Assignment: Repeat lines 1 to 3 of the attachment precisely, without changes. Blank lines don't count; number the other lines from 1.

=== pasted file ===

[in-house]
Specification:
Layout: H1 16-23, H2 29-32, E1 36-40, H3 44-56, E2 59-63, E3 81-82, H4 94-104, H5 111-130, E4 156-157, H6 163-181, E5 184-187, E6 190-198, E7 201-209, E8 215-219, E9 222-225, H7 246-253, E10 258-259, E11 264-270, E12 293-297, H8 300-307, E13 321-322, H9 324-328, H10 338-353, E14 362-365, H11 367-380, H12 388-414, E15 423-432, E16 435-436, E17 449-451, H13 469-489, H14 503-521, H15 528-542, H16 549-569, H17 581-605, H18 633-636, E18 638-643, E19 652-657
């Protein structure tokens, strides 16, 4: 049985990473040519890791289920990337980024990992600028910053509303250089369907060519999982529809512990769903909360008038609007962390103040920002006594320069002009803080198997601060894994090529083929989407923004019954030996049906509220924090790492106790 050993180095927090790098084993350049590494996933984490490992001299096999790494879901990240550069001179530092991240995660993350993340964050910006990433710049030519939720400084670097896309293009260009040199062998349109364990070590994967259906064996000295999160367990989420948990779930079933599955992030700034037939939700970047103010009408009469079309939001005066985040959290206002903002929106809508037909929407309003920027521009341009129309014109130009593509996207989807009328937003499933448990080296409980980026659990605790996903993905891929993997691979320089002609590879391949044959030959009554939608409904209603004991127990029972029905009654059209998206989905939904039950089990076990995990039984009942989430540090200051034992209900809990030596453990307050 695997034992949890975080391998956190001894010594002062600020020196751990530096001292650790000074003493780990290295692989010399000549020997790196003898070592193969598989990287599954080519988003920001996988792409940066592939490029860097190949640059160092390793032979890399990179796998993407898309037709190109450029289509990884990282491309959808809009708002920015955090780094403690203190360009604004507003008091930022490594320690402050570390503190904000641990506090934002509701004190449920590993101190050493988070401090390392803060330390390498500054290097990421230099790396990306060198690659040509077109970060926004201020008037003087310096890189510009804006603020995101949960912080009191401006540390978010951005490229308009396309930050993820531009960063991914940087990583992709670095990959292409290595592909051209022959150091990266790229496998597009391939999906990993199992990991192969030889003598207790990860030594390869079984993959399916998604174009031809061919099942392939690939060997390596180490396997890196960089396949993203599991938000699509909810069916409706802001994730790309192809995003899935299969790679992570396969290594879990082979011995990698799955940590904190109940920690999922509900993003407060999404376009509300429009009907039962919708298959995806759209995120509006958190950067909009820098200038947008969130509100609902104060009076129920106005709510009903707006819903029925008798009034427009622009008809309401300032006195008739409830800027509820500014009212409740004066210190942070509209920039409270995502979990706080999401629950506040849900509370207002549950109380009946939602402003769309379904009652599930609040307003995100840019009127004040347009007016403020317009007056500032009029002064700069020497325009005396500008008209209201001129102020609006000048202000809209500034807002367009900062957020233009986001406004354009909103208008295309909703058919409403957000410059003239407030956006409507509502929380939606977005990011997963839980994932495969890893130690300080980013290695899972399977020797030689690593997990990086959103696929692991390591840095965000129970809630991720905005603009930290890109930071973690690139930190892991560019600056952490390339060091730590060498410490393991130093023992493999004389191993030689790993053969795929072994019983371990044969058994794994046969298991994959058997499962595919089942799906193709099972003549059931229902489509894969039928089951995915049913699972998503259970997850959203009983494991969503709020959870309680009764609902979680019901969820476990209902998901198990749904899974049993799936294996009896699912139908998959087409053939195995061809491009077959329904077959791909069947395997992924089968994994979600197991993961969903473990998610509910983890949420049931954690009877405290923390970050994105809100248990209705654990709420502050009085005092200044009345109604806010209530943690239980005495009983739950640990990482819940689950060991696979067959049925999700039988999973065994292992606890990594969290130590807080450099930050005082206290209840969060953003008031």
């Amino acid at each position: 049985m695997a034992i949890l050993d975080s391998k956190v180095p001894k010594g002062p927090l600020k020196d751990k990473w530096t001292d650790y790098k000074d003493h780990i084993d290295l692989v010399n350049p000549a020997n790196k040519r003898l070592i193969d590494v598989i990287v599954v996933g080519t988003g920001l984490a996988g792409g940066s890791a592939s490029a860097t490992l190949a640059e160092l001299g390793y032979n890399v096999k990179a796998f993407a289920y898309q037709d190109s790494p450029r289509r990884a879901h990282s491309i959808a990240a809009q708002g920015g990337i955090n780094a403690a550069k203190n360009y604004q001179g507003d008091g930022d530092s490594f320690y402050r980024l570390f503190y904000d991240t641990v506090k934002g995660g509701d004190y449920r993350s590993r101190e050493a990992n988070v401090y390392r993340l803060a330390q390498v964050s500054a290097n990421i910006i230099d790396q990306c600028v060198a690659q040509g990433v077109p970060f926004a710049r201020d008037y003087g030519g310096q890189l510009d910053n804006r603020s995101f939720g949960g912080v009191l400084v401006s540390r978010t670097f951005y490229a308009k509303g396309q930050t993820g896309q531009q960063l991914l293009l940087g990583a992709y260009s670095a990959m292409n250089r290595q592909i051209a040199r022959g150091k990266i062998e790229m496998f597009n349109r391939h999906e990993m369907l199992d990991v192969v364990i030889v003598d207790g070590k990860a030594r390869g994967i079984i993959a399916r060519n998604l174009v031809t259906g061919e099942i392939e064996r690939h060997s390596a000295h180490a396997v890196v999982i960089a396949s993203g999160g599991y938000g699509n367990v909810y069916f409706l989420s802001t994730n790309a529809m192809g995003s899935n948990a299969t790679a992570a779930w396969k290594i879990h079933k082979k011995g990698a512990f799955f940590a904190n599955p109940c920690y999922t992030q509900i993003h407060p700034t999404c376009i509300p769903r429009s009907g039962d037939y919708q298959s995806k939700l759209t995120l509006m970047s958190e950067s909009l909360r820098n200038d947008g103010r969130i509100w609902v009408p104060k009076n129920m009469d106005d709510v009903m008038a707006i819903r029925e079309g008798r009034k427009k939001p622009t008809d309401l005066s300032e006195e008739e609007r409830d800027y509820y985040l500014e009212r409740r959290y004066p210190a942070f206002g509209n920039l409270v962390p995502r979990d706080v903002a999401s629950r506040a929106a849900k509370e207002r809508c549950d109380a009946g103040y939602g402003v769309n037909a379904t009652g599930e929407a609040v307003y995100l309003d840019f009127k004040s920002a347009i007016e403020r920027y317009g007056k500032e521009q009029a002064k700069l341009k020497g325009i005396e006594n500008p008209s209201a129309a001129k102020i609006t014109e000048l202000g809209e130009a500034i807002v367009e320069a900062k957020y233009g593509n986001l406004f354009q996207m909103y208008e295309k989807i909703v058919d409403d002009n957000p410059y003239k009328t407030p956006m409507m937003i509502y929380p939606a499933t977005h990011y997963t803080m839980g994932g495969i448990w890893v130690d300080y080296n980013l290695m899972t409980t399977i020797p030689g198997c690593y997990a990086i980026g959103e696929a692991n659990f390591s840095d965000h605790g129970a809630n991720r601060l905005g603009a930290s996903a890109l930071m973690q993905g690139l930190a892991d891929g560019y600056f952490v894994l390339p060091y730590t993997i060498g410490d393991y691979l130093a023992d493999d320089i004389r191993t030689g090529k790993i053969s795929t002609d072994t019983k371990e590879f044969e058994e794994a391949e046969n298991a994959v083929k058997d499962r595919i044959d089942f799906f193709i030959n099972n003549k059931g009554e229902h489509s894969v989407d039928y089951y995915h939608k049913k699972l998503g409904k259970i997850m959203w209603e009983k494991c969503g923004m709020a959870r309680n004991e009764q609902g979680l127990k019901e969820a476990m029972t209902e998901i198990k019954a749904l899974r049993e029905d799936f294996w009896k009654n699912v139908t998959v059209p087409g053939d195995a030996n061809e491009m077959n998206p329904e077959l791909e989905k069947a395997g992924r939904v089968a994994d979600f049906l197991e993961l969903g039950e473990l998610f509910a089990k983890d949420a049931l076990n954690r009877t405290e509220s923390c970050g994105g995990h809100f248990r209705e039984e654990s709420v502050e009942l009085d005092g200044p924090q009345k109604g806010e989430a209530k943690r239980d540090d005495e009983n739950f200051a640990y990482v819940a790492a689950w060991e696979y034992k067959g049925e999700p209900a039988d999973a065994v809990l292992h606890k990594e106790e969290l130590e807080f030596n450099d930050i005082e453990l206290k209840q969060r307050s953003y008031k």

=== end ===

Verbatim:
[in-house]
Specification:
Layout: H1 16-23, H2 29-32, E1 36-40, H3 44-56, E2 59-63, E3 81-82, H4 94-104, H5 111-130, E4 156-157, H6 163-181, E5 184-187, E6 190-198, E7 201-209, E8 215-219, E9 222-225, H7 246-253, E10 258-259, E11 264-270, E12 293-297, H8 300-307, E13 321-322, H9 324-328, H10 338-353, E14 362-365, H11 367-380, H12 388-414, E15 423-432, E16 435-436, E17 449-451, H13 469-489, H14 503-521, H15 528-542, H16 549-569, H17 581-605, H18 633-636, E18 638-643, E19 652-657